By David Enna, Tipswatch.com
The Treasury’s offering of $14 billion in a 10-year TIPS reopening auction Thursday generated a real yield to maturity of -1.145%, the lowest ever for any TIPS auction of this term.
This is CUSIP 91282CCM1, and the auction created at 9-year, 8-month Treasury Inflation-Protected Security with a coupon rate of 0.125%.
A TIPS is an investment that pays a coupon rate well below that of other Treasury investments of the same term. But with a TIPS, the principal balance adjusts each month (usually up, but sometimes down) to match the current U.S. inflation rate. So the “real yield to maturity” of a TIPS indicates how much an investor will earn above (or in this case, below) inflation.
So the real yield to maturity of -1.145% means investors are willing to under-perform official U.S. inflation by that amount for nearly 10 years. And they had to pay a lofty premium price to collect the coupon rate of 0.125% plus a return matching inflation. The adjusted price at this auction was about $115.60 for about $102.38 of principal, after accrued inflation is added in. This TIPS will have an inflation index of 1.02337 on the settlement date of Nov. 30.
But in a world of near-zero returns for all safe investments, this TIPS does offer the security of insurance against surprisingly high inflation over the next 10 years. Inflation fears are rising, and TIPS offer some security against those fears.
Real yields for 10-year TIPS have fallen sharply over the last 20 months, in the wake of a massive bond-buying program by the Federal Reserve combined with renewed demand for inflation protection. Here is the trend for 10-year real yields over the last 5 years, showing the plummet that resulted after the market panic in March 2020:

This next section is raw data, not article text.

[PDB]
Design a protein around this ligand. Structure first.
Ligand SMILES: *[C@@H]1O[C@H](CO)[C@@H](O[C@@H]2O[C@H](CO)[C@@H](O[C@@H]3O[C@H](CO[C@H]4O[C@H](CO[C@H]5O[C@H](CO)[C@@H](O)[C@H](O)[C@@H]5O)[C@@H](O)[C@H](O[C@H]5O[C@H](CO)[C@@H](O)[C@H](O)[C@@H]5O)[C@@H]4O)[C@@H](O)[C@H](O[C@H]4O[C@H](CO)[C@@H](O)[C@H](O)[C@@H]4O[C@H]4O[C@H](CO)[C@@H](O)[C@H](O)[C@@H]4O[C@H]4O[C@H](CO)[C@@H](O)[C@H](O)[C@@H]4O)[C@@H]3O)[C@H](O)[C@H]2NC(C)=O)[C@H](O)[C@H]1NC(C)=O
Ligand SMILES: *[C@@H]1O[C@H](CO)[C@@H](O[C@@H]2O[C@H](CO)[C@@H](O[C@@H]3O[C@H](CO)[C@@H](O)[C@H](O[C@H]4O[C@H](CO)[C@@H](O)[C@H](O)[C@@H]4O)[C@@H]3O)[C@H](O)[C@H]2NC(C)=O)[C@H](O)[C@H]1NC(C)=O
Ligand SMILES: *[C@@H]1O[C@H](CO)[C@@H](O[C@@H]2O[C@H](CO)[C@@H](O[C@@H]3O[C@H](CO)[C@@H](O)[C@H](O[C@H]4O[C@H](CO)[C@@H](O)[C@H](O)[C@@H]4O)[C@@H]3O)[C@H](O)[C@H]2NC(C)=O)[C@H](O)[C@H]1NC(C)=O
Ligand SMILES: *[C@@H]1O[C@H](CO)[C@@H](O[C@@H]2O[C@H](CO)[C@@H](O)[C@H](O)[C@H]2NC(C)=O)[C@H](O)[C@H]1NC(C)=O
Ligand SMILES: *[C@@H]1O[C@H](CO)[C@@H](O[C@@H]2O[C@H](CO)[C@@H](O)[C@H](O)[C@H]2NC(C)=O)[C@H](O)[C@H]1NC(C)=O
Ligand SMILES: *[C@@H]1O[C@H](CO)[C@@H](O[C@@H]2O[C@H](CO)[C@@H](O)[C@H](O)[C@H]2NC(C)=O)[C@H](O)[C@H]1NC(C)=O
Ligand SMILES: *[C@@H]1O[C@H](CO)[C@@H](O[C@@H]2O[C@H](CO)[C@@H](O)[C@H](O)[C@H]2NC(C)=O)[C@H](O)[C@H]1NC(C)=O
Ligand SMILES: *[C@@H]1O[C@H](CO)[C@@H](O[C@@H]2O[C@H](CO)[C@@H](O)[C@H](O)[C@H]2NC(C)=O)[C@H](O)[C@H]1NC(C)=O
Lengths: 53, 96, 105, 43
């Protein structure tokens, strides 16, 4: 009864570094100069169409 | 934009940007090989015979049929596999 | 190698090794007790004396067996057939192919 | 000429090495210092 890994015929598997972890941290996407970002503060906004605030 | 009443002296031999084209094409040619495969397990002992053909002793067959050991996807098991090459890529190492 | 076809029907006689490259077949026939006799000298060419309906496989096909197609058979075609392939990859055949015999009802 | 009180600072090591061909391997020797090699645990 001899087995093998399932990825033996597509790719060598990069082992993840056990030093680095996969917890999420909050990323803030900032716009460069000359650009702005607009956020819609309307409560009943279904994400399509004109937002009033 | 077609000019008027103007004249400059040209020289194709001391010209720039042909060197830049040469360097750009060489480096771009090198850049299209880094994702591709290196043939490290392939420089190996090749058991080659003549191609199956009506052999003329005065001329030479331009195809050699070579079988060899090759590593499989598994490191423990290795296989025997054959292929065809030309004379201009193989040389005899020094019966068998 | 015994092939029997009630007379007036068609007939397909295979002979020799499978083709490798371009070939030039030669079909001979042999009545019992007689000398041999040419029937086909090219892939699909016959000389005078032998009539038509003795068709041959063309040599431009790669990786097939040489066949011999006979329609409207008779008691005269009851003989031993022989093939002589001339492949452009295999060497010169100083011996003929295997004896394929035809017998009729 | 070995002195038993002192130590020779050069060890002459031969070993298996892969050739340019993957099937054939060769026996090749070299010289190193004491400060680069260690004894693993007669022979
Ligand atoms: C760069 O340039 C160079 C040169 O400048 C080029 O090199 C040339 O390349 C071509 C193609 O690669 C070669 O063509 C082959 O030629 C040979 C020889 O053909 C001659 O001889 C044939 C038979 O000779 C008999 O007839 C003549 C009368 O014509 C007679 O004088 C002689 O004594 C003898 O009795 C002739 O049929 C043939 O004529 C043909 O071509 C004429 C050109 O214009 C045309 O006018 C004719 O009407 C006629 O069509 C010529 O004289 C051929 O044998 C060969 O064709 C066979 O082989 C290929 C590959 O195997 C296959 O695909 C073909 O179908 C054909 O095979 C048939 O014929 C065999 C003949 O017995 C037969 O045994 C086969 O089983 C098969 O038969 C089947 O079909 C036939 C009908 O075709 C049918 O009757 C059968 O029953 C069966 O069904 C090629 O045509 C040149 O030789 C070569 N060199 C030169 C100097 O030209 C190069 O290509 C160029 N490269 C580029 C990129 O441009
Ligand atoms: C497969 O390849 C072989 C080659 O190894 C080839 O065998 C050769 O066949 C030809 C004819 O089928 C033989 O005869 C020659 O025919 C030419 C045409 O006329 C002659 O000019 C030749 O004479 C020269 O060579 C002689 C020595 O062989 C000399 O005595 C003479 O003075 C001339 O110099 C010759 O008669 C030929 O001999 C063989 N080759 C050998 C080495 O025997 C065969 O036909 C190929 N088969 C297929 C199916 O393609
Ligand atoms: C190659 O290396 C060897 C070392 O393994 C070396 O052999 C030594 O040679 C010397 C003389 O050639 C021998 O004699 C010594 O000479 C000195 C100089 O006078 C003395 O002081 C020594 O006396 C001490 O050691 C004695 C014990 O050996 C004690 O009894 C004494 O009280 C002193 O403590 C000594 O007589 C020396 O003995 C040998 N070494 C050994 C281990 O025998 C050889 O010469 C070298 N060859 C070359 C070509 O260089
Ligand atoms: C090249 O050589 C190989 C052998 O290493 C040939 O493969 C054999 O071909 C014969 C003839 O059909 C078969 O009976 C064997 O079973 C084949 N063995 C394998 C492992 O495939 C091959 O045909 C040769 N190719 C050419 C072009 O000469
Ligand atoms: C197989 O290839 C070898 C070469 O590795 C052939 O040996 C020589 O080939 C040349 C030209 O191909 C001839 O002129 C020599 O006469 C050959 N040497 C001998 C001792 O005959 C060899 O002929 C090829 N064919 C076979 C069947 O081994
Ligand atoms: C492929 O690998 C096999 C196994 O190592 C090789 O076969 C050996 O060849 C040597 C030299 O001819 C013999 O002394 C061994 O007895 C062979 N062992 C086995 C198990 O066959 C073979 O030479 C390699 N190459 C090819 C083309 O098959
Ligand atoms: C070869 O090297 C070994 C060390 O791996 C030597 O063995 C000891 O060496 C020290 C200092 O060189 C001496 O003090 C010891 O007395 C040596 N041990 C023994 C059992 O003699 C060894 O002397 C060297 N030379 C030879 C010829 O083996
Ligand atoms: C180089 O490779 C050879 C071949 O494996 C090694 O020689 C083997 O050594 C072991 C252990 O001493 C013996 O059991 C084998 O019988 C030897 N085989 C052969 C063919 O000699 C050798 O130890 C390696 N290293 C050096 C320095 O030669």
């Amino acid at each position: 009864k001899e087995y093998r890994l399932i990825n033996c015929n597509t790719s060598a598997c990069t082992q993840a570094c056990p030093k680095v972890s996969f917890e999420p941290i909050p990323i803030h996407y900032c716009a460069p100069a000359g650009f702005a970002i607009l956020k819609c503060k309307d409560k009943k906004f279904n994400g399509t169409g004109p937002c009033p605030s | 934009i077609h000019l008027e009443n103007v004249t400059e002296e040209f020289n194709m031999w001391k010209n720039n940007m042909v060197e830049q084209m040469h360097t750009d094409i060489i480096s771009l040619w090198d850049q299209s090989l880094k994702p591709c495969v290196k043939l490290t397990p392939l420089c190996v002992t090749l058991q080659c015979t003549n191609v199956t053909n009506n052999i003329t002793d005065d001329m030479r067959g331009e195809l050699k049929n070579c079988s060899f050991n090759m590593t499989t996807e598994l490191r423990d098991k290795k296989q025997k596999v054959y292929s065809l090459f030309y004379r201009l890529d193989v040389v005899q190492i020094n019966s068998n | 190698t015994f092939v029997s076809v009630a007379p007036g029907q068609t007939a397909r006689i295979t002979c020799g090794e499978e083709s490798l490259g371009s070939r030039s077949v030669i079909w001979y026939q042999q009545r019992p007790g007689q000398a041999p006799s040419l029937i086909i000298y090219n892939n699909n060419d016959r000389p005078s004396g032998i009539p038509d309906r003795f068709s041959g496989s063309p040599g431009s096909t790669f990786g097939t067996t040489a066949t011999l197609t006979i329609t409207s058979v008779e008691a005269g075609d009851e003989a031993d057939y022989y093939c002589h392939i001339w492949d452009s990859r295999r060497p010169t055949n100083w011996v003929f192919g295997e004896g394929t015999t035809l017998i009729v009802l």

The Federal Reserve has officially (and gradually) begun to taper its Treasury purchases, but so far, this change has had little effect on real yields, which continue at all-time low levels. It’s a depressing time for investors interested in safety.
Inflation breakeven rate
With a 10-year nominal Treasury trading at 1.58% at the auction’s close, this TIPS gets an inflation breakeven rate of 2.73%, at the very top of the Treasury’s history of the 10-year breakeven rate, which dates back to 2009. Normally, I’d be saying alarm bells should be ringing (avoid TIPS!) but that’s a hard call when official U.S. inflation is running at 6.2%. If inflation continues at a rate of 4% to 5% or higher over the next 10 years, this TIPS will end up being a stellar investment.
Then again, no 10-year inflation period (ending in December) has run higher than 3.9%, dating back 30 years. Have we entered a new era for inflation?
Here is the trend in the 10-year inflation breakeven rate over the last 5 years, showing the surge of inflation fears rising out of the aggressive economic stimulus of the last 20 months:
Reaction to the auction
This TIPS trades on the secondary market; it was trading with a real yield to maturity of -1.14% around 8 a.m. ET. Just before the auction closed at 1 p.m., it had a real yield of -1.16%. So the auction result of -1.145% looks like demand was mildly lukewarm, but more or less as expected. Investors were not beating down the doors for this reopening. The bid-to-cover rate was 2.43, the lowest in the last four auctions of this term.
Here is the one-day trading chart for the TIP ETF, which holds the full range of maturities. It had been trading slightly higher all morning, indicating slightly lower yields. Not much happened after the auction’s close. It looks like this auction went off as expected.
This auction closes the books on CUSIP 91282CCM1, which also set an earlier record-low for this term in its originating auction on July 22. The Treasury will offer a new 10-year TIPS on Jan. 20, 2022.
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David Enna is a financial journalist, not a financial adviser. He is not selling or profiting from any investment discussed. The investments he discusses can purchased through the Treasury or other providers without fees, commissions or carrying charges. Please do your own research before investing.